If you have the skill to hand draw your label, but not engrave it, then it might be your best bet to make your design style replica oversized and then reduce to size and make a letterpress plate for printing. If your drawing skill level is somewhat less developed you can use any hybrid method to get a design going using a computer graphics program and then use a light table to trace the design to give it a hand made character and then make a plate from a scan of that. It won’t have the same character as hand cut engraving but it will look hand made.
Also there are still folks around who could engrave your design.
Best of luck

Thanks Bruce. What features of the top label enable you to tell that it is definitely an engraving? I notice some of the italic letters are partially hollow.

I’m not certain, but I think the top label is from a very early instrument, when production volumes were low and construction methods more labour intensive.

Hi Alex the top label especially shows the very fine line of the very light pressure of the tip of the burin flair out into the thicker meat of the letter as pressure is increased and the tip is rolled side ways while maintaining an imperfect but flowing arc.
Since the plate would have been inked and wiped by hand it would not be unusal to have small inconsistancies where the ink was wiped out of the lines by pressman.
As I said there are things you could do to try to reproduce this image character in other modern ways but looking at this picture it does have that hand engraved character.
If you look at the back of the label you might see diffinitive marks to show if the label itself was puller from an engraving plate press and that would be slight indentation, the opposite of the bump letterpress type would make, where the press blanket would have pushed the paper into the incised lines of the engraved plate. Lack of the indentation would not be evidence one way or the other but it’s presence would be pretty staightforward.

What I personally do when creating something like this, is design it first on the computer (whether using modern fonts or scanned letters from older specimen books) print out an oversized copy, then trace it by hand (to add that level of subtle imperfection). The result it scanned back to a computer, outlined, reduced in size and is ready for the platemaker.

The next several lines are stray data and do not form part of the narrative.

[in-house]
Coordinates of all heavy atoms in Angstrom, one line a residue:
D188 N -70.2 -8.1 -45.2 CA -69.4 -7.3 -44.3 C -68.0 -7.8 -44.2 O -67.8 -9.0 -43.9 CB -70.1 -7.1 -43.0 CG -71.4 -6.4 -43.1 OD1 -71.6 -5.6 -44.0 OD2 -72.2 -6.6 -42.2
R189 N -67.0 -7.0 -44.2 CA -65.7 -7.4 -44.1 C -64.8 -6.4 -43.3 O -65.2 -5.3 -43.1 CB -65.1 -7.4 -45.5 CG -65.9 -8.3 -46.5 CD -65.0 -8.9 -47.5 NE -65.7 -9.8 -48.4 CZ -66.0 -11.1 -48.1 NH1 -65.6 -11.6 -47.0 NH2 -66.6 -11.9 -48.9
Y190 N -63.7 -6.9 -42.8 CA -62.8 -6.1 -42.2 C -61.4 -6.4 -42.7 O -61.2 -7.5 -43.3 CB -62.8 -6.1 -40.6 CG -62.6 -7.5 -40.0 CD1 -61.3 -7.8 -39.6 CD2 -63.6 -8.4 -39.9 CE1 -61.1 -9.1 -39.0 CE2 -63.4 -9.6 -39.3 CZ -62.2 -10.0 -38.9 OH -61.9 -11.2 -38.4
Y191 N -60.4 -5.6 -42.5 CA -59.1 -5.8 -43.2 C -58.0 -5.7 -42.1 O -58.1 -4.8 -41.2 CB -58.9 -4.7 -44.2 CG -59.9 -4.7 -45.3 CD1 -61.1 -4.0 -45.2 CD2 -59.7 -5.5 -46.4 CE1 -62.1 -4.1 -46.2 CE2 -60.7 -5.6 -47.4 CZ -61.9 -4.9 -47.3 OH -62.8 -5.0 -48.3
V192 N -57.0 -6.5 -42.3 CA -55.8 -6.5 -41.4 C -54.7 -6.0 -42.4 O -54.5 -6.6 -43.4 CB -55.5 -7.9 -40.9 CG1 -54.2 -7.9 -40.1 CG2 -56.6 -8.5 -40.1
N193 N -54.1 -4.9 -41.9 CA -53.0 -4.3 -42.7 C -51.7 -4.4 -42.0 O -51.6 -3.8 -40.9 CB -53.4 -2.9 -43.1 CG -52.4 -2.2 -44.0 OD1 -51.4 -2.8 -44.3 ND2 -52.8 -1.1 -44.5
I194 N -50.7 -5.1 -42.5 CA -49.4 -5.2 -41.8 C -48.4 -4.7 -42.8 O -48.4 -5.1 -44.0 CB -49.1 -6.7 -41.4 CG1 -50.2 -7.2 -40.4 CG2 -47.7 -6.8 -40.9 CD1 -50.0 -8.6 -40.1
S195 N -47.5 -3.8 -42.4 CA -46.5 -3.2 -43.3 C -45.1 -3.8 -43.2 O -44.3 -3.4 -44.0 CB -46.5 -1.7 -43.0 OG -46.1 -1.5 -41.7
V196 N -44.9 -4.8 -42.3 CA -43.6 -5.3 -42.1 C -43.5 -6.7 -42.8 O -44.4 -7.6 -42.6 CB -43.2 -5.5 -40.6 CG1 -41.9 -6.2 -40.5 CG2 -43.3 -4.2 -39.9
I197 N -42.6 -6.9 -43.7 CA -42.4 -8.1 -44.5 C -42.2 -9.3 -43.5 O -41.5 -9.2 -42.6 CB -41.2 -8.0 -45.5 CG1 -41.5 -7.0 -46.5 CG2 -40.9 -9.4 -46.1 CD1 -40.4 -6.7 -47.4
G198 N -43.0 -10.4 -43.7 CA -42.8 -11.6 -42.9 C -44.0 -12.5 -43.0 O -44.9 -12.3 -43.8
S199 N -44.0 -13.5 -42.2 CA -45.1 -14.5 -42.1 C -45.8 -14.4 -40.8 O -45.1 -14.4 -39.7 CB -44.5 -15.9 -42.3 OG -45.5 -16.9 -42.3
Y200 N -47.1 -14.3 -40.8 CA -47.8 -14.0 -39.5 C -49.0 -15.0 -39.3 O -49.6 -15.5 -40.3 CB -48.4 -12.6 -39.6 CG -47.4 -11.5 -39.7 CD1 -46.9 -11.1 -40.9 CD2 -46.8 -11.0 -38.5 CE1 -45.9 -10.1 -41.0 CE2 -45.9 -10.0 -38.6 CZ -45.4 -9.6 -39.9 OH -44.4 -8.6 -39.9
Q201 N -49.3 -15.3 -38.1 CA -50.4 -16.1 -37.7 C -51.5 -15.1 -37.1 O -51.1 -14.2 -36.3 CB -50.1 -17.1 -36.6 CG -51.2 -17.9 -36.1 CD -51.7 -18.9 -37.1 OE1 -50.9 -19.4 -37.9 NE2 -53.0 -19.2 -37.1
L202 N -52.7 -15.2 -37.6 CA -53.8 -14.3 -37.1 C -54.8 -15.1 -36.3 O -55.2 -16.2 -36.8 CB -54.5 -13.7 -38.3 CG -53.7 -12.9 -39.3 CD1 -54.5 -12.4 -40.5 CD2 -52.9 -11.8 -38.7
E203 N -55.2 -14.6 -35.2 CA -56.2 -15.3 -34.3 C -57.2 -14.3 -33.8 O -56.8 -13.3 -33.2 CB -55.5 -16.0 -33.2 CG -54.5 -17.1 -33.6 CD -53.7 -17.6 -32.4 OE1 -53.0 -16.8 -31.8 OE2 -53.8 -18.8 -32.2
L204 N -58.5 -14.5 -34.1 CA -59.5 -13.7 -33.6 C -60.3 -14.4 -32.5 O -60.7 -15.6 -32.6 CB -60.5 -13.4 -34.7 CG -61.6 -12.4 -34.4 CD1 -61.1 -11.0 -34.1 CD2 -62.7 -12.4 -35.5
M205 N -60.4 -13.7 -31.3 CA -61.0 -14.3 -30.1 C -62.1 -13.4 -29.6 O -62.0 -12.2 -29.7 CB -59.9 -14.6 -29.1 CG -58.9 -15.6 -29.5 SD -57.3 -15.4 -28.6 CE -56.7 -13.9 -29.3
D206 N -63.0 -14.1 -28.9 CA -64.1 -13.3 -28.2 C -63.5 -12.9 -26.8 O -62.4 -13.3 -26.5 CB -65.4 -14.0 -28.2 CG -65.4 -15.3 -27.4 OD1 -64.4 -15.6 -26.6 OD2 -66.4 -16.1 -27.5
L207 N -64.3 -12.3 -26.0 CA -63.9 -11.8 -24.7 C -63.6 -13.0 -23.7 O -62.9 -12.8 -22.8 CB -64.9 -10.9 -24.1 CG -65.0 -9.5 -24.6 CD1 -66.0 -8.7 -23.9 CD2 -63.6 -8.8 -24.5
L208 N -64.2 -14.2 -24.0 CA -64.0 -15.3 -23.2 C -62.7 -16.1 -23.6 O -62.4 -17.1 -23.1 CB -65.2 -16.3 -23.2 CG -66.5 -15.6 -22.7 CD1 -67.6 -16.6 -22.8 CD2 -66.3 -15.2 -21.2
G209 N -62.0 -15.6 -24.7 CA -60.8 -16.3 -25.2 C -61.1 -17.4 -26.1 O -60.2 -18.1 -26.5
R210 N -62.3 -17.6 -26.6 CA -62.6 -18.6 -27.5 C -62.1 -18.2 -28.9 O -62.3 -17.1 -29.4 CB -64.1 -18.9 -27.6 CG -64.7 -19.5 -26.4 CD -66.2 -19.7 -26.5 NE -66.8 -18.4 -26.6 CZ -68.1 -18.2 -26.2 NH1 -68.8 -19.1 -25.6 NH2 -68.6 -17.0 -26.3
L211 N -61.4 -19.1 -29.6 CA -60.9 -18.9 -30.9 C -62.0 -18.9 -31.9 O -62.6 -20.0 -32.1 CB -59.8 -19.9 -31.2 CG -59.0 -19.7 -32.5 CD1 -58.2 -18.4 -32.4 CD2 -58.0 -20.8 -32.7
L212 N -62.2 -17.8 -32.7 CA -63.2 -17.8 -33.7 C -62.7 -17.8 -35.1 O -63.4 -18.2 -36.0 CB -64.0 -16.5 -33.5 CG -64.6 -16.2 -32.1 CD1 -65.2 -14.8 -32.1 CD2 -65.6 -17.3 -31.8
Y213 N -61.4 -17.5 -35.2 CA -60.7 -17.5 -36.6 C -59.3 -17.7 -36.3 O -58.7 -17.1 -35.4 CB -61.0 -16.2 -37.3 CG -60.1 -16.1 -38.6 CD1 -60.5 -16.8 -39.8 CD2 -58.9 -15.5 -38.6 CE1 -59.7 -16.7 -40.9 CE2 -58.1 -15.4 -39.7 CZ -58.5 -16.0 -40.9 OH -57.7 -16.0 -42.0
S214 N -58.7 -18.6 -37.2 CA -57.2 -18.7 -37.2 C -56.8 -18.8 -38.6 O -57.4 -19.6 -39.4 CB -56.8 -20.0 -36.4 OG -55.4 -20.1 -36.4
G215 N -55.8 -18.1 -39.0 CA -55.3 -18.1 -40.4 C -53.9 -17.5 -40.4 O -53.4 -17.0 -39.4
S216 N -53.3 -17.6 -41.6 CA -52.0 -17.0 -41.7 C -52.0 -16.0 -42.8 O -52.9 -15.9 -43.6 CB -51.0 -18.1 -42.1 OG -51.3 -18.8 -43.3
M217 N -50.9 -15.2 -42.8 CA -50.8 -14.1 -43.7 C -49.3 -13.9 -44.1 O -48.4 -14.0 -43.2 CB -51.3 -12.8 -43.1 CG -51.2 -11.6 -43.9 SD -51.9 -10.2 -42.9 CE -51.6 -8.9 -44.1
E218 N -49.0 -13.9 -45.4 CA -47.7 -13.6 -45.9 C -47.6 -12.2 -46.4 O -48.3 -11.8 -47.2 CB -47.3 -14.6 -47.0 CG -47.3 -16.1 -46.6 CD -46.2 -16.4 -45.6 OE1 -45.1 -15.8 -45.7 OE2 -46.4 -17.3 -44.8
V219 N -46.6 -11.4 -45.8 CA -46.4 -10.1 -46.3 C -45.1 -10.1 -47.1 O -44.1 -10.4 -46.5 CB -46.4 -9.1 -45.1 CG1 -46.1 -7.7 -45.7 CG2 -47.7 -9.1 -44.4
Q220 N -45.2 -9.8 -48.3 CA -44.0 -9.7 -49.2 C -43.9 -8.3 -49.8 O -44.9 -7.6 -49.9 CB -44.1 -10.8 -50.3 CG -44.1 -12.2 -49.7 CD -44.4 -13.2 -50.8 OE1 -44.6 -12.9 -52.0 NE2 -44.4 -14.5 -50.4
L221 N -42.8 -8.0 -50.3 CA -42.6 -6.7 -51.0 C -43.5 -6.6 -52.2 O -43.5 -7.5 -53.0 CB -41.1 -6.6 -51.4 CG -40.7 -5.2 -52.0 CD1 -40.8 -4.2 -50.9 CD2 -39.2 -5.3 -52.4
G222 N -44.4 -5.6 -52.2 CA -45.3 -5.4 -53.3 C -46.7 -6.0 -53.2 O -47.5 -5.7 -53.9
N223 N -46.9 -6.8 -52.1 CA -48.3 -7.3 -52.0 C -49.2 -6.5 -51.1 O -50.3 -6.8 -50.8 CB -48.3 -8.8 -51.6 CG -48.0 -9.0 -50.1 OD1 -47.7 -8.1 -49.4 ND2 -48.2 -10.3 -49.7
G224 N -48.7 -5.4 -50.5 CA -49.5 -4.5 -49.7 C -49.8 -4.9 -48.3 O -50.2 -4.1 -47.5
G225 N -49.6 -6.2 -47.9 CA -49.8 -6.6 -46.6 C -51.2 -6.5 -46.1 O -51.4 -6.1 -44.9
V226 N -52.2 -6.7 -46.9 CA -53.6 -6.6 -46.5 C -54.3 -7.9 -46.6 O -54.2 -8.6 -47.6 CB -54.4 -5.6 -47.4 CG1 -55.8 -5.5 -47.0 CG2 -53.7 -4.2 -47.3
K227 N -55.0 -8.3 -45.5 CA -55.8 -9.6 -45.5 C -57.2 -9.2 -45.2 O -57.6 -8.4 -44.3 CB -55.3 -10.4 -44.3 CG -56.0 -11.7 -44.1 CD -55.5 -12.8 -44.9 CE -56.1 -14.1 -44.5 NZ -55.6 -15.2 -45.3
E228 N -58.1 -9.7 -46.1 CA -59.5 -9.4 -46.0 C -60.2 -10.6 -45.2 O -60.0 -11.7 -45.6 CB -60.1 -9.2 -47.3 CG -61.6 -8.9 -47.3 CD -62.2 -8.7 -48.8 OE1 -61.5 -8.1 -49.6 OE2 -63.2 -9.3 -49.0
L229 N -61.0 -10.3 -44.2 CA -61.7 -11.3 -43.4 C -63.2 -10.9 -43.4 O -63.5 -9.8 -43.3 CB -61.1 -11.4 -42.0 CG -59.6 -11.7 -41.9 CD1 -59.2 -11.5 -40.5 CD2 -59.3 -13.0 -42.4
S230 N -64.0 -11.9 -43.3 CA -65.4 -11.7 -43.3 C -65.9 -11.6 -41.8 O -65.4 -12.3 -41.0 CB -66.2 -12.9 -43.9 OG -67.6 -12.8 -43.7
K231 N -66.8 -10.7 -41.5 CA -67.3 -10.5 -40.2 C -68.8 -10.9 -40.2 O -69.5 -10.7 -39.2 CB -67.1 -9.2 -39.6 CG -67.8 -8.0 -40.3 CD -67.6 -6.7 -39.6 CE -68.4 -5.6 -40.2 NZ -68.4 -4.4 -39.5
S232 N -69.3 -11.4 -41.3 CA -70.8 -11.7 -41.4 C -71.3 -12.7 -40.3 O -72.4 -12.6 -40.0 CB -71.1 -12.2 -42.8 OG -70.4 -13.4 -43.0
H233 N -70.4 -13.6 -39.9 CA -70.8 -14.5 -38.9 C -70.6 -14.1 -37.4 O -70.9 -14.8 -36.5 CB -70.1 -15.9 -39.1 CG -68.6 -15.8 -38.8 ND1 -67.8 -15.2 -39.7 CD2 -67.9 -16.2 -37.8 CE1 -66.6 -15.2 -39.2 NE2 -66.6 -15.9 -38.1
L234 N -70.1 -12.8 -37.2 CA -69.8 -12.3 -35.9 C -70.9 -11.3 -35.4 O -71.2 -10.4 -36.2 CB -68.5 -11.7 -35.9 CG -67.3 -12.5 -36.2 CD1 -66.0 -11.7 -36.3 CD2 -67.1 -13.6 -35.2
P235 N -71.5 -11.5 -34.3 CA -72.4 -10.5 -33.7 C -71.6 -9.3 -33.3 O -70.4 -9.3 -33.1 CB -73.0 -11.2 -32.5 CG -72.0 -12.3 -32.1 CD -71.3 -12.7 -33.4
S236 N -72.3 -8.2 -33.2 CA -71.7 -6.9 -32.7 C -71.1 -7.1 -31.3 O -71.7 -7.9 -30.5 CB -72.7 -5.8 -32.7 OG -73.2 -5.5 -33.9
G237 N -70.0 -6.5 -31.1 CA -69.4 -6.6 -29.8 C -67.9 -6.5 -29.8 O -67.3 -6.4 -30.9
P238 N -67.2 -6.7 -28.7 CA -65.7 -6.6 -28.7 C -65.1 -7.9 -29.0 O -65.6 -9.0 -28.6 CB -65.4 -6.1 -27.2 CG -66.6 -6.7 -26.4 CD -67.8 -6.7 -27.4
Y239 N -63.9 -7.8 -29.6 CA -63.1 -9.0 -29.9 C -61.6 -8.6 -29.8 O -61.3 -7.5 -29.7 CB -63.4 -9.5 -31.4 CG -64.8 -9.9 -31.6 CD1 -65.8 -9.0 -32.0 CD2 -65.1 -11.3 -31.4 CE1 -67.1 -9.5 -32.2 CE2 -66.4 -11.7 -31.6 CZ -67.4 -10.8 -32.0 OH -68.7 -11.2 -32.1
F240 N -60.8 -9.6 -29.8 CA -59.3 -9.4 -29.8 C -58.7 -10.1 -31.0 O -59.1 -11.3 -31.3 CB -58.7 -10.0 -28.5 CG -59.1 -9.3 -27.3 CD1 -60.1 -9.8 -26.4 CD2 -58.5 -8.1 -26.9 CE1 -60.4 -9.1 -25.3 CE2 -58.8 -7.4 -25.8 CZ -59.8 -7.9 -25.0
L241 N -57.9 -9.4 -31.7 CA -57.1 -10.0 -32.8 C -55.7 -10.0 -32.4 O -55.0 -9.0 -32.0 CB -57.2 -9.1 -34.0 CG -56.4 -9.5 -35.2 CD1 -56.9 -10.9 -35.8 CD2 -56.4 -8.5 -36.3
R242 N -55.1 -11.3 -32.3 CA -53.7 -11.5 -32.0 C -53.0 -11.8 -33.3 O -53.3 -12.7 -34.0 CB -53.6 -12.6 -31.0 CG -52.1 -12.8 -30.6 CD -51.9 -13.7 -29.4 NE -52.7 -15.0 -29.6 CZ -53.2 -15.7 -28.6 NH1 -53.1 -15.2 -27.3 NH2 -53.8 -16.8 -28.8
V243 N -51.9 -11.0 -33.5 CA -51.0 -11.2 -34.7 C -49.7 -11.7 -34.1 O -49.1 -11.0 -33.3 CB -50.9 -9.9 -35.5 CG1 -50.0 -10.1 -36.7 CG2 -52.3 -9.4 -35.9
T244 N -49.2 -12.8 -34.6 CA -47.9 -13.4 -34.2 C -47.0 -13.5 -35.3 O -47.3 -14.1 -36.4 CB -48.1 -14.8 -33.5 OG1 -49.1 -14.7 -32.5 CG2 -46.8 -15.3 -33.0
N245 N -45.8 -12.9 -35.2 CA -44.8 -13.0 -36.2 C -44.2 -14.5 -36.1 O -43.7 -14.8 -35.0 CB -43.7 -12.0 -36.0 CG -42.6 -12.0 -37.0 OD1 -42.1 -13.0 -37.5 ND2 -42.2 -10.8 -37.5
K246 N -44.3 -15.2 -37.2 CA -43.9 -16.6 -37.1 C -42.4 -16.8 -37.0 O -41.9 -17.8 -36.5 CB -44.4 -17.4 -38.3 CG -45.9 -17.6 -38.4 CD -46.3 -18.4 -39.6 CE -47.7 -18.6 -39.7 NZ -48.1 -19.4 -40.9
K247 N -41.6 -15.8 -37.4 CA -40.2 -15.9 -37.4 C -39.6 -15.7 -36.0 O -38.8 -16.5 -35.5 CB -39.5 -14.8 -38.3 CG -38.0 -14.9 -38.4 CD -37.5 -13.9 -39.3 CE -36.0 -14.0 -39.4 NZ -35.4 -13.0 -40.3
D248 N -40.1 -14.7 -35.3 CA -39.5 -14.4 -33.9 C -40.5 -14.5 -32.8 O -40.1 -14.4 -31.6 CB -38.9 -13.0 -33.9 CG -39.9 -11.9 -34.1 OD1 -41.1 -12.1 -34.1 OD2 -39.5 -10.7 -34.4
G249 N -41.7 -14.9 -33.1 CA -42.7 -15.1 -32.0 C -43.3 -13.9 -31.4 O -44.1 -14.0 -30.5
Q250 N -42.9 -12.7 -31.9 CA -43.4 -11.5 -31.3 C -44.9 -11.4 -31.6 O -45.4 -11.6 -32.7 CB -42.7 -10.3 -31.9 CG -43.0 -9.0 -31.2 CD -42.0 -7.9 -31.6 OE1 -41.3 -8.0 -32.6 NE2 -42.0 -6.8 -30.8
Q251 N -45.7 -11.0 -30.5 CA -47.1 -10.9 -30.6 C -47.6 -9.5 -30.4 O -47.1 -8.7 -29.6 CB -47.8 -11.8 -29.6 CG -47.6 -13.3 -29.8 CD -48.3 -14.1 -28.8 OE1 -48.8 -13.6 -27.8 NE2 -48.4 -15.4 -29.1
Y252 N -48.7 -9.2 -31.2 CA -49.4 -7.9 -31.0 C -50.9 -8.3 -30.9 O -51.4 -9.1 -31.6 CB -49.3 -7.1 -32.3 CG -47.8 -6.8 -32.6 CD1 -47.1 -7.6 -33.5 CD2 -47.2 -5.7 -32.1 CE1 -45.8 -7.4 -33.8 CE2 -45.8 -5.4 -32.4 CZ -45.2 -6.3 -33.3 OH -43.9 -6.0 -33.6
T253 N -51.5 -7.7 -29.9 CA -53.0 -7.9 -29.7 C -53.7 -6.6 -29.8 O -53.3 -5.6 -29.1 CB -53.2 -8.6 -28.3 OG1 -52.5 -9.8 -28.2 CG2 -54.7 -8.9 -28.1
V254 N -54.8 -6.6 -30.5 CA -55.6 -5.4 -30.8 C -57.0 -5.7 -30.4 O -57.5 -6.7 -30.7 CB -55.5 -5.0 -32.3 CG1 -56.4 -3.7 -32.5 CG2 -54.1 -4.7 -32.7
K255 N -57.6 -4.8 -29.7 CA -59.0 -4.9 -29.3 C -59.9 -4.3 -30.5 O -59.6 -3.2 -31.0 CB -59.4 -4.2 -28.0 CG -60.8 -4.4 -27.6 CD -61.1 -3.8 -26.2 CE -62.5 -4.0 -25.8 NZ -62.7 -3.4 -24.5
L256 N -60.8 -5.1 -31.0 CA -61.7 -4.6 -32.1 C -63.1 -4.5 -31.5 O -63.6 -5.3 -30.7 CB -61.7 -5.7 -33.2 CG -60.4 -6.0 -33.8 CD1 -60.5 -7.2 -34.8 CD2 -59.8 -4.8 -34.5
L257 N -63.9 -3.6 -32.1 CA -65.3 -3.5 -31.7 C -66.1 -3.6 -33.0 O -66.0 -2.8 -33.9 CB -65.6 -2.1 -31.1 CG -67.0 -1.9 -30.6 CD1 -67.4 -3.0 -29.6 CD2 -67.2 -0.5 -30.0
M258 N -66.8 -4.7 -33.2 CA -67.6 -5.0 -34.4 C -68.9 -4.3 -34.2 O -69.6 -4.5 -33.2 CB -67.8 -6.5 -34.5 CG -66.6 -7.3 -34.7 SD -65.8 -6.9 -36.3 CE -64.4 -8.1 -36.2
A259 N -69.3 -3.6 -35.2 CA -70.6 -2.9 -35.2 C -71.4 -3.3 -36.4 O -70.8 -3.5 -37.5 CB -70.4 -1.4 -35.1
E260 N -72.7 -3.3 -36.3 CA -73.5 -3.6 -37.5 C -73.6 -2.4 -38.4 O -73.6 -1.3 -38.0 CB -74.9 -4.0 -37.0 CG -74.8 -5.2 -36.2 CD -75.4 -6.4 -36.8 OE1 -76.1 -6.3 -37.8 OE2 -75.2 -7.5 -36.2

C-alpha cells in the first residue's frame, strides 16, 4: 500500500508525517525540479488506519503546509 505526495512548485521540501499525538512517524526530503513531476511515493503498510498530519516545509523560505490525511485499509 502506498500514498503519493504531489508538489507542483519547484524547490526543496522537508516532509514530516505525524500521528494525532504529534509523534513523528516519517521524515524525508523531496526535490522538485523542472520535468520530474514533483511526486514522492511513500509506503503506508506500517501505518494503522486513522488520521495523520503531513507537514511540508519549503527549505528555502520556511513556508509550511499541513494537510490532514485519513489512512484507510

Granted, in the example below I am trying to imitate a woodcut rather then copperplate engraving, but the principle holds.

image: Tracing the computer printout

Tracing the computer printout

image: Resulting letterpress print

Resulting letterpress print

Very nice work Oprion’s Kelsey produced!

Thanks Bruce, that’s very useful to know. Unfortunately I don’t have any original labels to examine - these photos are from the Concertina Museum Collection website and show unusually well-preserved examples. I own two antique Lachenal instruments but they have both lost their labels at some point.

Good idea Oprion, that’s probably what I will do.

Oprion, That’s a nice print. Photography is great too.

It was not Oprion’s Kelsey that produced the fine work….. it was Oprion.

I’ve often heard it said here at Briar Press that “a Kelsey cannot produce fine work”…. and by itself I’d have to agree. Then again, by itself neither can a Vandercook or an H-berg. BUT when the Kelsey or Vandercook is used by someone who is very good….. prints like that result.

Back to the topic: I could agree that the top label might be an engraving, but not the bottom one. It has the characteristic lack of sharpness that a well-used litho stone produces. The middle one could be either engraved or litho’d.